Research Topic

Advances in Power-to-X: Processes, Systems, and Deployment

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The storage of excess electricity generated at high shares of fluctuating renewable energy in the form of heat, synthetic fuels/chemicals (e.g., hydrogen (H2), methane (CH4), synthesis gas (H2/CO/CO2), ammonia (NH3), methanol (CH3OH), dimethyl ...

The storage of excess electricity generated at high shares of fluctuating renewable energy in the form of heat, synthetic fuels/chemicals (e.g., hydrogen (H2), methane (CH4), synthesis gas (H2/CO/CO2), ammonia (NH3), methanol (CH3OH), dimethyl ether (C2H6O)) and other energy vectors using power-to-X (PtX) technologies is a promising approach to enable high shares of renewables in power generation, and decarbonize the thermal, transport and energy‐intensive manufacturing sectors such as steel and cement. Although promising, the further development of PtX technologies faces sizeable challenges, including process efficiency limitations, limited availability of affordable (quasi) carbon‐neutral CO2 sources for hydrogenation, and economic aspects, including capital expenditure. Such challenges are to be overcome for PtX products to economically and environmentally compete with both conventional and other alternative energy vectors. PtX advances in these areas may be facilitated by expanding the boundaries of PtX research in domains that have not received significant attention
to date.

The majority of projected PtX deployments to date have focused on regional/national‐level implementations of PtH2/PtCH4 in the centralized power/gas sectors. PtX products other than H2/CH4 have received significantly less attention (e.g., heat/cold, liquid fuels/chemicals, water). In terms of processes, the emphasis has been on low‐temperature electrolysis, with limited heat/material synergies between either PtX processes or between PtX and other processes.

By contrast, distributed‐scale PtX implementations (e.g., industrial, commercial, urban, transportation) in the vicinity of PtX product end‐use installations have the potential to reduce the technical, economic and environmental challenges associated with the transport/storage of PtX feedstock and/or PtX products. In addition, industrial, commercial and urban facilities typically have multiple product needs (e.g., heat/cold, fuels/chemicals, water), that could be met through on‐site PtX‐based poly‐generation. Conversely, the sale of such PtX products could lead to higher profitability than PtH2/PtCH4, which face competition with low‐cost fossil fuels. High‐temperature (co)electrolysis and heat/material synergies have the potential to significantly improve PtX process efficiency, reduce its material demand (e.g., heat, water, CO2), provide and recycle lowenergy CO2, and valorize PtX waste/by‐products (e.g., O2, excess heat, condensate).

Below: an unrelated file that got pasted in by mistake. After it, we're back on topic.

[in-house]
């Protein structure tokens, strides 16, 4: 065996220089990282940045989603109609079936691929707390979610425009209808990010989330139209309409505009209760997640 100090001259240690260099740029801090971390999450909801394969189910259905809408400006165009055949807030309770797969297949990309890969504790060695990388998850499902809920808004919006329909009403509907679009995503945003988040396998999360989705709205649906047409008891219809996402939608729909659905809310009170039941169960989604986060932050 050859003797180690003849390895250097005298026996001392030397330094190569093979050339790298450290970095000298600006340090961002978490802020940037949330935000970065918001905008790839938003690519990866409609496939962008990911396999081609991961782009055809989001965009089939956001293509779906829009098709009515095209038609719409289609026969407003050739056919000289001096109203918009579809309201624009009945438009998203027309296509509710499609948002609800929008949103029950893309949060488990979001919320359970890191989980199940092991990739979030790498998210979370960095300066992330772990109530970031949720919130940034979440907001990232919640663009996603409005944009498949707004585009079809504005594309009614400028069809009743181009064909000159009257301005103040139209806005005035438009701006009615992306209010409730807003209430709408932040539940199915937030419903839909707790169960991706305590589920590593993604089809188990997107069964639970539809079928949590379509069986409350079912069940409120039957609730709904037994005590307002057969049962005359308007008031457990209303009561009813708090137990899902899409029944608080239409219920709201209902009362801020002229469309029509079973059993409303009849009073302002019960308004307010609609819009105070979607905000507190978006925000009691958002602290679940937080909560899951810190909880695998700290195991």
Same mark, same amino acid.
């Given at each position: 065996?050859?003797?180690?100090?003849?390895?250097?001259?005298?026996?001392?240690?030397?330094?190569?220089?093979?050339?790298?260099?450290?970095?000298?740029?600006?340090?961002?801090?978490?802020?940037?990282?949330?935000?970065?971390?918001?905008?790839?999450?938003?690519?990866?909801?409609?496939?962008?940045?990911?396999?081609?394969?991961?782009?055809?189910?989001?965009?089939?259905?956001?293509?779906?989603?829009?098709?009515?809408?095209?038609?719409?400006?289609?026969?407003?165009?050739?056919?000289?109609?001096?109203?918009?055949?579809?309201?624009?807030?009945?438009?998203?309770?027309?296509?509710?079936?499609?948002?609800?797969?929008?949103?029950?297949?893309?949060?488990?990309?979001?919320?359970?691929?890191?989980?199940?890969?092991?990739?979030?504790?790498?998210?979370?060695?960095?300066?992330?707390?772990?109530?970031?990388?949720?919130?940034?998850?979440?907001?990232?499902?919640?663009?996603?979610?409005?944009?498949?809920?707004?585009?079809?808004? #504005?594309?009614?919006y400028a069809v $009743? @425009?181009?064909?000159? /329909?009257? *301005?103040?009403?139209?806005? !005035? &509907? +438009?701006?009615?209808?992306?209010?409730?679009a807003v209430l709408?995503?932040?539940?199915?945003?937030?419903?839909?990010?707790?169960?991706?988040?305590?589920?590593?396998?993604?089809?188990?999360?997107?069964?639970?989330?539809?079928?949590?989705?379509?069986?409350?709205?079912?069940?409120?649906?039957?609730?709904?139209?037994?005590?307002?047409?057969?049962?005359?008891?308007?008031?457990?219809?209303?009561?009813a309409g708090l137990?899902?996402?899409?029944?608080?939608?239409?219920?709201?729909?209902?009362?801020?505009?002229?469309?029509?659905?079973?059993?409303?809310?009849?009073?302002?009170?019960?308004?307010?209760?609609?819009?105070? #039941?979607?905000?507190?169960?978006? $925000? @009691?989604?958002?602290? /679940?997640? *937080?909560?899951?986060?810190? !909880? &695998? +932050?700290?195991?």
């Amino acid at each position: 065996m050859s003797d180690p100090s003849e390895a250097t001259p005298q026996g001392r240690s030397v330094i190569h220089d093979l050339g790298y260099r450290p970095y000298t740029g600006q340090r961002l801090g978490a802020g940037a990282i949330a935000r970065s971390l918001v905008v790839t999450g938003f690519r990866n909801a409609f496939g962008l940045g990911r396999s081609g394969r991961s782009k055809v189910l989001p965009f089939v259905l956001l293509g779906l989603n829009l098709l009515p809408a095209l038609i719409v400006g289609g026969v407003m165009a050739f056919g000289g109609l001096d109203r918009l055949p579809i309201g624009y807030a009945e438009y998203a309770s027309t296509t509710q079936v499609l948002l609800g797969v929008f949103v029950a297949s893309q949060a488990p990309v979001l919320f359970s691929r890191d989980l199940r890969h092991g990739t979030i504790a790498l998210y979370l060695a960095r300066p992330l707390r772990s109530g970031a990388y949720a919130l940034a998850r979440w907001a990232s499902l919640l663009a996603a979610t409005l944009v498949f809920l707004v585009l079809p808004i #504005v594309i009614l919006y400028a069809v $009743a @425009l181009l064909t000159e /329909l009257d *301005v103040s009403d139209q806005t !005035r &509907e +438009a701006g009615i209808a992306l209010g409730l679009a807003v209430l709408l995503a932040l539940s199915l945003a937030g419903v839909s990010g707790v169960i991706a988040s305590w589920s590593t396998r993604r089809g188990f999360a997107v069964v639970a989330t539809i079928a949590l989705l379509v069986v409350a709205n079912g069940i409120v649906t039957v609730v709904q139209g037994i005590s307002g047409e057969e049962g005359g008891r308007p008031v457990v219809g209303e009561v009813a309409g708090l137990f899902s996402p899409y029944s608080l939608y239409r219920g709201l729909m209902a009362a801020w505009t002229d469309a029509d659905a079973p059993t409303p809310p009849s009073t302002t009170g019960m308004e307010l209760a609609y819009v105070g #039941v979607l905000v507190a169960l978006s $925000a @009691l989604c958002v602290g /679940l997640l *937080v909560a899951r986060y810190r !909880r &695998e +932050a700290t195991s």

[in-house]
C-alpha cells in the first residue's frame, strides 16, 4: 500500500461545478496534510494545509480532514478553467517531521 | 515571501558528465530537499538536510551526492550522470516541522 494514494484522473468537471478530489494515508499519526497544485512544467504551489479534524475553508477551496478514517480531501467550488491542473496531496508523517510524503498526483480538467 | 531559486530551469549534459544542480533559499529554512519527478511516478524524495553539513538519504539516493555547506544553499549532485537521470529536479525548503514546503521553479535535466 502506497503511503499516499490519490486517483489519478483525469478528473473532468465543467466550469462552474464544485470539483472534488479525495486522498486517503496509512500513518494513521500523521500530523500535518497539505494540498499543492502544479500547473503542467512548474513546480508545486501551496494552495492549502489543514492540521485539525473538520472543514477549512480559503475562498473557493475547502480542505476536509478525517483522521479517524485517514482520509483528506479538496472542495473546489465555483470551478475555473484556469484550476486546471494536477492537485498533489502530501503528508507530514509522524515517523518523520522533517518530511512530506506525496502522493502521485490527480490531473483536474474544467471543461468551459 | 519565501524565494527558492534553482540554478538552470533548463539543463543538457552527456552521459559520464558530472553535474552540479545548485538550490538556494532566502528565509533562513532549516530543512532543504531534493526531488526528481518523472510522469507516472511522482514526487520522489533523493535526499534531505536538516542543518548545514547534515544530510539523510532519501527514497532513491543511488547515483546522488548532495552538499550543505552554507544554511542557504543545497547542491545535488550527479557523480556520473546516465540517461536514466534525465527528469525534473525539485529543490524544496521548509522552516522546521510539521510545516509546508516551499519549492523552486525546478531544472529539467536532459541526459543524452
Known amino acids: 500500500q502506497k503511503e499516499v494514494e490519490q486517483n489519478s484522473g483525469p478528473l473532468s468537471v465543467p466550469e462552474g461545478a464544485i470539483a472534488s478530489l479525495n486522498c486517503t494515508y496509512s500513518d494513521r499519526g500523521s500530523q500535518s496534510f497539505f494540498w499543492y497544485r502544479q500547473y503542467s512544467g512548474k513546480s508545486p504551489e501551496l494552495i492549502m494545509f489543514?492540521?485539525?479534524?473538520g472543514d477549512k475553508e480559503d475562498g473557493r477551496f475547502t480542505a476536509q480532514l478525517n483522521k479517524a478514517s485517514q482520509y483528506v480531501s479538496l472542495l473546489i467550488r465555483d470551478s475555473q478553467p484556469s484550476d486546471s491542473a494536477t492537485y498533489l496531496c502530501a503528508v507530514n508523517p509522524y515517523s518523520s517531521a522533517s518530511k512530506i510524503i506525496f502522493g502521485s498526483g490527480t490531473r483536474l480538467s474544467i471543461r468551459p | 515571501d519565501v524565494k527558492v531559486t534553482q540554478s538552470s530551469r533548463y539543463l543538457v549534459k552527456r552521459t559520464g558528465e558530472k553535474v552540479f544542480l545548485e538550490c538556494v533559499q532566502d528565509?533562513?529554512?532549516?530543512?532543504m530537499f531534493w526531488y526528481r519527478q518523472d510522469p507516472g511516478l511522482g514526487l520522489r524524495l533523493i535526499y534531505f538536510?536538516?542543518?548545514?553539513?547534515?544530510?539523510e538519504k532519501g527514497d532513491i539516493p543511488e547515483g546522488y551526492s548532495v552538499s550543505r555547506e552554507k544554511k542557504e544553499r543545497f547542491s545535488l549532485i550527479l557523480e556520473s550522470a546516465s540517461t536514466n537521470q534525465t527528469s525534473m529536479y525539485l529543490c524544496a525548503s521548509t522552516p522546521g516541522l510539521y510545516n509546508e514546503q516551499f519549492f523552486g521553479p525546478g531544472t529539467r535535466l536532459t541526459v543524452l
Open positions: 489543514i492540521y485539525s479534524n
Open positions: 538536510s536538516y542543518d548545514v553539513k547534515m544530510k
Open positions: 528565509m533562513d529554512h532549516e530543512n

This Research Topic seeks to provide a platform to identify, evaluate and discuss potential solutions that could contribute to overcome PtX development challenges. Original Research, Review and Perspective articles are solicited in the following areas:

- Distributed‐scale PtX applications in the industrial (e.g., hydrocarbon, cement/glass/ceramic, iron/steel, non‐ferrous metals), commercial (e.g., water treatment/desalination), urban (e.g., buildings, districts), and transport sectors

- PtX‐based poly‐generation (e.g., gaseous/liquid fuels, chemicals, heat/cold, water, power)

- PtX process/system yield/efficiency improvement (e.g., high‐temperature (co‐)electrolysis; hydrogenation; low‐energy CO2 sourcing/capture), heat/material (e.g., H2O, CO2, water) recycling, process integration, reduced feedstock/product compression requirement

- PtX operability improvement (e.g., load/dynamic flexibility, reversible electricity–to–X operation, smart regulation)

- PtX environmental impact reduction relative to fossil‐ or other alternative low‐carbon commodities (e.g., through zero‐carbon PtX products (e.g., H2, NH3), low‐energy PtX processes, (quasi)carbon‐neutral CO2 sourcing)

- PtX economic profitability improvement through PtX capital/operating cost reductions, high‐value added PtX products and PtX waste/by‐product valorization (e.g., O2, excess heat, condensate), capacity utilization improvement, market strategies, energy policies, regulation

- PtX characterization, modeling and performance assessment (e.g., techno‐economic, life cycle, multicriteria, optimization, dynamic, benchmarking with conventional fossil and alternative low‐carbon commodities; pilot and demonstration projects)

- PtX integration in future energy system planning.


Keywords: synthetic fuel, energy storage, poly-generation, CO2 utilization, Power-to-X


Important Note: All contributions to this Research Topic must be within the scope of the section and journal to which they are submitted, as defined in their mission statements. Frontiers reserves the right to guide an out-of-scope manuscript to a more suitable section or journal at any stage of peer review.

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